A common excuse fraudsters fall back on is being in the hospital but urgently needing assistance to pay for a service. For example, if you owned a landscaping company, they might say they are in the hospital, but their home is up for sale, and they need to have some landscaping completed or risk losing out on an offer. If your services cost $1,000, they might say they will send $3,000, then ask that you forward the extra $2,000 to another service provider also working on the house but who doesn't accept credit cards.

    Claiming they are stuck in the hospital gives them a reason why they are unable to pay the other company themselves and why they cannot meet you in-person. They will use a stolen credit card for the initial $3,000 payment and the $2,000 you forward back will go directly into the scammer's bank account. Again, business owners lose on refunding the fraudster, as well as in the form of a chargeback to the stolen card owner.

    Overpayment Scams vs. Refund Scam?

    The overpayment scam is synonymous with the refund scam. At most, they are variations on a theme whereby fraudsters employ the simple tactics of using stolen credit cards to have funds funnelled to their personal credit cards or bank accounts.

    Where To Report Overpayment Fraud

    If you or someone you know is or was the victim of an overpayment scam (or another type of scam) you should report it to your local government authority or police department. Reporting fraud helps local authorities identify trends in order to track down and prosecute scammers. In Canada, you can report fraud to the Canadian Anti-Fraud Centre (CAFC), and in the US, report a scam to your State Consumer Protection Office.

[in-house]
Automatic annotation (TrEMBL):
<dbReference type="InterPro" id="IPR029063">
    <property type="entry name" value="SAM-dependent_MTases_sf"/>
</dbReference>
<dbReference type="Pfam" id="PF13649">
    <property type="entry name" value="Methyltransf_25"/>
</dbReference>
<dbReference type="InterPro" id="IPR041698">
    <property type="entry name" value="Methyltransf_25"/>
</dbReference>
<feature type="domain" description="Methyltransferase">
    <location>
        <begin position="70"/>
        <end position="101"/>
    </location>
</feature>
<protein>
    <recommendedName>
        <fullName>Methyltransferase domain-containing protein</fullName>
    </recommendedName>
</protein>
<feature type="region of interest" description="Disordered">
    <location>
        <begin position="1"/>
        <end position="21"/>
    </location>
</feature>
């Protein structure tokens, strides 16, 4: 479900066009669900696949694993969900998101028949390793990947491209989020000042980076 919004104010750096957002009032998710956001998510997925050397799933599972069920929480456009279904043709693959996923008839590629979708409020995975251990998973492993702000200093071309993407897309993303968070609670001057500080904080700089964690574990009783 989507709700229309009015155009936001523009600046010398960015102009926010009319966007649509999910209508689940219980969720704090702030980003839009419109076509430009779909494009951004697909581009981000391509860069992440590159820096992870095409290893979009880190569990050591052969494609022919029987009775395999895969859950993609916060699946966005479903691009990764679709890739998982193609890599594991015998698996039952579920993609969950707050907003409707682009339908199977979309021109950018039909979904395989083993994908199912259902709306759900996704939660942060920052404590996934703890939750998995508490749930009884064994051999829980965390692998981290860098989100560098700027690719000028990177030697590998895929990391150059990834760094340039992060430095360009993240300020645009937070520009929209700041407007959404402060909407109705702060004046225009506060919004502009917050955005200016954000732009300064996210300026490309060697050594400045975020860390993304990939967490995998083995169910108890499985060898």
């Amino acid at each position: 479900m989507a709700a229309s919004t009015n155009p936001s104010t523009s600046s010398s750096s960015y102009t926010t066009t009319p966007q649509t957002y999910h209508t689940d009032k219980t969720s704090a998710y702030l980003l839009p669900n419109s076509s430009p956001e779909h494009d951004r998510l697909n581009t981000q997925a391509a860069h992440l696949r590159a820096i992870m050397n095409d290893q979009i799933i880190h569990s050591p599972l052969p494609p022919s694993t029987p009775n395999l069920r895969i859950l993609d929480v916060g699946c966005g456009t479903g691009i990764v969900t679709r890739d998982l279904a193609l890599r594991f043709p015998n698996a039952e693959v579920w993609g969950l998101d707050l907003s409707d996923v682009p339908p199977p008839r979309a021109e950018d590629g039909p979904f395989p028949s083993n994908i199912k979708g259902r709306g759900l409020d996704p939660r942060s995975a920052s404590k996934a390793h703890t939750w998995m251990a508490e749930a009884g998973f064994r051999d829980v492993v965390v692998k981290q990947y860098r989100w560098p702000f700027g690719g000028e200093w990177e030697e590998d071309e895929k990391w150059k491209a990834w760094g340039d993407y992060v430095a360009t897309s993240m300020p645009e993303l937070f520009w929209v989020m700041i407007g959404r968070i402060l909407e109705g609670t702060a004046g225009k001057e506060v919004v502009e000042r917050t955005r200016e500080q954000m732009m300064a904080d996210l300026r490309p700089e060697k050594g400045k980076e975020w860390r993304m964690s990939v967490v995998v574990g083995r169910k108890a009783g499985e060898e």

Best Practices to Avoid Being Scammed

    1. Be Wary of Customers Who Offer to Pay More Than You're Asking

    Customers typically want to pay less, so if a customer is offering to send more money than you're asking for, it should be considered a red flag.

    2. Never Forward Money to a Third-Party

    If a customer asks you to forward part of their payment to a third-party because they overpaid for a purchase, it's best to decline the whole transaction and refund the money directly to the customer using the same payment method and details as the original transaction.

    3. Refuse Any Overpayments You Receive

    Only process credit card payments for the correct purchase amount. If a customer makes the payment using a check, only deposit it if it's for the correct amount.

    4. Only Refund Purchases onto the Original Card Used

    Sometimes a scammer will use a stolen credit card for the original purchase and then presents an alternative method for the refund. To avoid giving back funds to the wrong person in a potential identity theft situation or triangulation scam, insist on returning money to the original card.

    Often scammers will use a stolen card and pocket the refund, while merchants get stuck forking up a chargeback to the original cardholder who's card was stolen AND have already paid out a refund to the thief as well.